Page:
|« PreviousNext »|
|Did this page help you? Yes | No | Tell us about it...|
This appendix describes options, or additional features, that are available for Amazon RDS instances running the Oracle database engine. To enable these options, you can add them to an option group, and then associate the option group with your DB instance. Note that some options are permanent and persistent; permanent means that an option cannot be removed from an option group and persistent means that once an option group with this option is assigned to a DB instance, the option group cannot be removed from the DB instance. For more information about working with options, see Things You Should Know About Option Groups.
The following options are currently supported for Oracle:
Oracle Native Network Encryption (a feature of the Oracle Advanced Security option available in Oracle Enterprise Edition)
Oracle Transparent Data Encryption (TDE) (a feature of the Oracle Advanced Security option available in Oracle Enterprise Edition)
Some of these options may require additional memory in order to run on your DB instance. For example, Oracle Enterprise Manager Database Control uses about 300 MB of RAM; if you enable this option for a small DB instance, you might encounter performance problems due to memory constraints.
Before you enable these options, please consider whether your DB instance has enough available memory. You can adjust the Oracle parameters so that the database requires less RAM; alternatively, you can scale up to a larger DB instance.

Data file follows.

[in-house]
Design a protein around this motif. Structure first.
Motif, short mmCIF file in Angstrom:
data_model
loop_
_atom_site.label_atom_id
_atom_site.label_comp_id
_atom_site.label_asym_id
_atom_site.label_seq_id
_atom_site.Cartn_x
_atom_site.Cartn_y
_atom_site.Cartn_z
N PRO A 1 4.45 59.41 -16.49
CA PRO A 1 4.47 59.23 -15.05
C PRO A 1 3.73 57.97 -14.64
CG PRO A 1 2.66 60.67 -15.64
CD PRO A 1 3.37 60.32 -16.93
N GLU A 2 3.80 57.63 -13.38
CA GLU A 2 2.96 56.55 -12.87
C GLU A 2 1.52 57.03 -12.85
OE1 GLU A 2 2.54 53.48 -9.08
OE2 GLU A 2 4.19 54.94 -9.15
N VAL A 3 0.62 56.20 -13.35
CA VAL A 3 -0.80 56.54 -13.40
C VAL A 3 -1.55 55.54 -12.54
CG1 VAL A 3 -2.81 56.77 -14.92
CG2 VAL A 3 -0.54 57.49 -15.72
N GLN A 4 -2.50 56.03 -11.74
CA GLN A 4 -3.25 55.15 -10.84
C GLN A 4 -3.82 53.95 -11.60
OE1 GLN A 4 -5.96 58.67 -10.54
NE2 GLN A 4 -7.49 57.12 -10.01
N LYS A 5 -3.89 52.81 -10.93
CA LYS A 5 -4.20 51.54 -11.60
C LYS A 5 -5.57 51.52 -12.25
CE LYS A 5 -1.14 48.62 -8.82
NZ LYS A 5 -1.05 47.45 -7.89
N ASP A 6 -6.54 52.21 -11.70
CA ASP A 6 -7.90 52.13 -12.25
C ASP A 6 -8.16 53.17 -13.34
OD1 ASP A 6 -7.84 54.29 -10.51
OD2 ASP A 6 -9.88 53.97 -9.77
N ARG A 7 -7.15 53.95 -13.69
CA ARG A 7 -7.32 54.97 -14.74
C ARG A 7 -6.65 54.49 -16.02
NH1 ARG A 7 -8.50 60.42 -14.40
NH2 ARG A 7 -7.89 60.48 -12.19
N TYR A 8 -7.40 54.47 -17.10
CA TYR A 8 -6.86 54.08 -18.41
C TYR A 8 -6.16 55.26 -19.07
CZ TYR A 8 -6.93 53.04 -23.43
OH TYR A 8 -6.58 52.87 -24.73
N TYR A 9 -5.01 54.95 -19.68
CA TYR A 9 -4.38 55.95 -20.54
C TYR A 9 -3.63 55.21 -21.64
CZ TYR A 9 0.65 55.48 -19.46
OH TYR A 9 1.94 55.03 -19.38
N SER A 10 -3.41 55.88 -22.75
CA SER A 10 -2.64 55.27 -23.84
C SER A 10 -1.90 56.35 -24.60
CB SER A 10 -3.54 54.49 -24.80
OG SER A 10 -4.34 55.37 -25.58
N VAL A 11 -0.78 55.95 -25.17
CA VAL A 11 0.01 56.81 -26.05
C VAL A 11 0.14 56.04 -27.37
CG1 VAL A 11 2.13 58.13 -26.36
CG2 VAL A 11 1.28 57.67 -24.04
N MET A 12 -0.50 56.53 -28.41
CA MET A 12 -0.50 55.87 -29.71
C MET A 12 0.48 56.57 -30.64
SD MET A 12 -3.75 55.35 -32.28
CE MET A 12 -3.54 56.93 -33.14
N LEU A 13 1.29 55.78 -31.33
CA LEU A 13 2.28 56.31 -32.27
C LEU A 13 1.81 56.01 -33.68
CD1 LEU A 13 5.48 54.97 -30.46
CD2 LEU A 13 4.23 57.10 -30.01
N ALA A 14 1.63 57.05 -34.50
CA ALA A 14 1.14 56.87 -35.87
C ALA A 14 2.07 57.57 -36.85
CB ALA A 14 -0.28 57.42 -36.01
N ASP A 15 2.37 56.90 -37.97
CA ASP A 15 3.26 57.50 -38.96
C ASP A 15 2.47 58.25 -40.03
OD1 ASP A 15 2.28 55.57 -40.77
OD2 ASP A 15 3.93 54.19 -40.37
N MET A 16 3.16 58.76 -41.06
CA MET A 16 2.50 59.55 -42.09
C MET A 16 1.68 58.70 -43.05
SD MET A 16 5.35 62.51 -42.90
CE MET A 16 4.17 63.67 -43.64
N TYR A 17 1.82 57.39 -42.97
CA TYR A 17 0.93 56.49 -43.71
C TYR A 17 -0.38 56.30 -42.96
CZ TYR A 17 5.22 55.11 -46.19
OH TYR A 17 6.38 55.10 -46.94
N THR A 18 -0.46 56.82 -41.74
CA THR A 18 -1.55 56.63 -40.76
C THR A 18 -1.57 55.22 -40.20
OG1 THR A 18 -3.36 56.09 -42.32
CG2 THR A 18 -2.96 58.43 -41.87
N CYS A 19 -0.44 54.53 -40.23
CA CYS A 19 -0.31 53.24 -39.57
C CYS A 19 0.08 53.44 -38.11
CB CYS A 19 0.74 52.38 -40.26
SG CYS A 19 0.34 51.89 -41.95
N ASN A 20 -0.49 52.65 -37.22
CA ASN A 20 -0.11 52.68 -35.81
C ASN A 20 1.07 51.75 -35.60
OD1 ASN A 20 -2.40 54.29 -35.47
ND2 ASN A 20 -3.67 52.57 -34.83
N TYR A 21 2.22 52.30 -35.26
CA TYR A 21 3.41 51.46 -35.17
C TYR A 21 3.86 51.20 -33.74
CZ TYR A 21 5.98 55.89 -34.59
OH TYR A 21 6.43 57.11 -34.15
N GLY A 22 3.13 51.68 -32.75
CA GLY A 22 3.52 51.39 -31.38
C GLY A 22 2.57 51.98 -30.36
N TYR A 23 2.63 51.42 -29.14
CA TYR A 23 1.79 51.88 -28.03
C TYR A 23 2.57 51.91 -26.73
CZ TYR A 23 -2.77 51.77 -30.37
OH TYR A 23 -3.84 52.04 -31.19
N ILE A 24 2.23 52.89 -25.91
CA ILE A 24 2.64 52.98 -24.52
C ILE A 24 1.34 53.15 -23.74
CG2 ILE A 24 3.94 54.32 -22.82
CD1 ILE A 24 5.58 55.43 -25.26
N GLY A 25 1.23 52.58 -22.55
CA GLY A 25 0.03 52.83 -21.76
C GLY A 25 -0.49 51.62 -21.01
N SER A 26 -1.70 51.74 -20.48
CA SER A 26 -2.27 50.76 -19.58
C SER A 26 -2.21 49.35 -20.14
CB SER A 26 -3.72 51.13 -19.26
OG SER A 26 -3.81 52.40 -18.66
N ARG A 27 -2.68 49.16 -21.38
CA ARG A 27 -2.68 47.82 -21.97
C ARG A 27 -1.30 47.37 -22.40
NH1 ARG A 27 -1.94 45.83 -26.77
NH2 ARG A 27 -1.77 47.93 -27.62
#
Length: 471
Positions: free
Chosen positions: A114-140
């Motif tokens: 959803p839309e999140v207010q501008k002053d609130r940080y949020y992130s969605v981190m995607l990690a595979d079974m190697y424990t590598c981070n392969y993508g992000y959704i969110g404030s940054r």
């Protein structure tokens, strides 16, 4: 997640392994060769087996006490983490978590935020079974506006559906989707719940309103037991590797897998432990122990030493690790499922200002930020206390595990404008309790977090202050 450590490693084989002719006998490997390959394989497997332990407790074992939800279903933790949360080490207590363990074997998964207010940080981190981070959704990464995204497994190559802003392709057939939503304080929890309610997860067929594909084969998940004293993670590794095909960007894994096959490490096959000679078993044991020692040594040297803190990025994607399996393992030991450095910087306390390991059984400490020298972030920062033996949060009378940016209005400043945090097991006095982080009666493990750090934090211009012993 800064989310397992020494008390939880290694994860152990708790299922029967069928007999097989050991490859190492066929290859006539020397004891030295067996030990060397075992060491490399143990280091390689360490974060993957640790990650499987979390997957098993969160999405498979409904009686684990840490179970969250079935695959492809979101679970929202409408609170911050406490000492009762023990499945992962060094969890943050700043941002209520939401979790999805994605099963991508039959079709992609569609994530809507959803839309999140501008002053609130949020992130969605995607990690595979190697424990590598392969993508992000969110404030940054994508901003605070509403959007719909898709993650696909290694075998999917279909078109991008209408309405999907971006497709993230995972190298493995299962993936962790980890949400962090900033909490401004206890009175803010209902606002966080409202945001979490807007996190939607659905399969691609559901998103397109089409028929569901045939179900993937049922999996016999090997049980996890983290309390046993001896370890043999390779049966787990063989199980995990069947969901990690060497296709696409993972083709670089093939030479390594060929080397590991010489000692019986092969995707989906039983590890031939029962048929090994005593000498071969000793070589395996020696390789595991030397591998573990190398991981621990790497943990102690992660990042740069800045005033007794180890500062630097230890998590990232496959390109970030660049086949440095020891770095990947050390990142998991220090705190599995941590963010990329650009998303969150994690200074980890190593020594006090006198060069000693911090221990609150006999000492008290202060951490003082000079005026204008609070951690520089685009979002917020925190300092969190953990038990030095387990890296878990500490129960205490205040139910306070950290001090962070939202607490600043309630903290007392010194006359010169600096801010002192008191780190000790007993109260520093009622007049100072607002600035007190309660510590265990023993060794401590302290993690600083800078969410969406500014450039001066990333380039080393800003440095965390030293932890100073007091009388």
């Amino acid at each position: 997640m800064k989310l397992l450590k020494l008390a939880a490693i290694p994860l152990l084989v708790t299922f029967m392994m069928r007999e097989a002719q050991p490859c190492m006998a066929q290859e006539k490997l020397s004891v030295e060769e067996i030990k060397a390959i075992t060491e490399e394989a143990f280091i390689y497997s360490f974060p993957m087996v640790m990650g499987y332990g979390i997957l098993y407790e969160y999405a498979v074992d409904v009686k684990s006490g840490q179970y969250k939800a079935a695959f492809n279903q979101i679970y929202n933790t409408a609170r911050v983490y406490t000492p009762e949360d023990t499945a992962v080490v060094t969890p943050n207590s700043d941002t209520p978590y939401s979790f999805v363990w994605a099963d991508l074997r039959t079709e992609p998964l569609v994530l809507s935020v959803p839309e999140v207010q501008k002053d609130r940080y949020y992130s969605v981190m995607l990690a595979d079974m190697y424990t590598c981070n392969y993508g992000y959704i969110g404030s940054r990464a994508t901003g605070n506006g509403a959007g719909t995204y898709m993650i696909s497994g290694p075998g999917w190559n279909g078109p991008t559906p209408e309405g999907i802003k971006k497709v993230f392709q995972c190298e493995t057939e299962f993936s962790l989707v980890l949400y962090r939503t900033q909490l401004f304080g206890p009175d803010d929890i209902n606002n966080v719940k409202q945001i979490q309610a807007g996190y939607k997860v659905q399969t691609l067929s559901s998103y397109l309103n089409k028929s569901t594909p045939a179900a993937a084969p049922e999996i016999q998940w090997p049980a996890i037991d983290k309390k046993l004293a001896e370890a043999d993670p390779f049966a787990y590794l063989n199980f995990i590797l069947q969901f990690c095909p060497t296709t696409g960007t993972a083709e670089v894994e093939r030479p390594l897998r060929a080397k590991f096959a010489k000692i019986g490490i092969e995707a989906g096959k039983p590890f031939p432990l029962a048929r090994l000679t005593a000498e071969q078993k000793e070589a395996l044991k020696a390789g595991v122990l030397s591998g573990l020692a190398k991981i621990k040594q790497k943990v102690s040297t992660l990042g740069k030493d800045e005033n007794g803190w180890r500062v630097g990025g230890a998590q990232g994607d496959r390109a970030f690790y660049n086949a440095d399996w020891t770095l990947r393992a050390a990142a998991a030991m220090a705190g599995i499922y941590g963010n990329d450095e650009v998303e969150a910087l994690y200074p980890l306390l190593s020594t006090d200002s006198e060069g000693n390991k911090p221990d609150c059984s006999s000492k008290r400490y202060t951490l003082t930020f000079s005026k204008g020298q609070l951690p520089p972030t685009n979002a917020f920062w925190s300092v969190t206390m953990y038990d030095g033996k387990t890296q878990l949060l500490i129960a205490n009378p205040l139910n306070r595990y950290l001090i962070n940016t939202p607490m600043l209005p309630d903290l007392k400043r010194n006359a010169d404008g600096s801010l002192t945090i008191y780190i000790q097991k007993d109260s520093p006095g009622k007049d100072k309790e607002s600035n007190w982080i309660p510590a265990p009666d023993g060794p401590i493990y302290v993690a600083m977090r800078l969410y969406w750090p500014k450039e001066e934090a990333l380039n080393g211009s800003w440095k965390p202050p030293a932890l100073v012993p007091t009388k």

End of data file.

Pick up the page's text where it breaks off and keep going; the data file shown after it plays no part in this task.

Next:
Oracle Enterprise Manager (OEM) Database Control is a web-based interface for Oracle database administration. Note that OEM cannot be run on DB instances that use the db.t1.micro or db.t1.small instance classes.
The default port number for OEM Database Control is 1158; you can accept this port number, or choose a different one, when you enable the OEM Database Control option for your DB instance. You can then go to your web browser and begin using OEM Database Control.
The following example shows how to access OEM Database Control from your web browser. Suppose that the endpoint for your Amazon RDS instance is mydb.f9rbfa893tft.us-east-1.rds.amazonaws.com, and that you specified port 1158. The URL to access OEM Database Control would be:
The OEM Database Control login window appears, prompting you for a username and password. Enter the master username and master password for your DB instance. You can now manage your database using the OEM Database Control console.
Oracle XML DB adds native XML support to your DB instance. With the Amazon RDS XMLDB option, DB instances running the Oracle engine can store and retrieve structured or unstructured XML, in addition to relational data.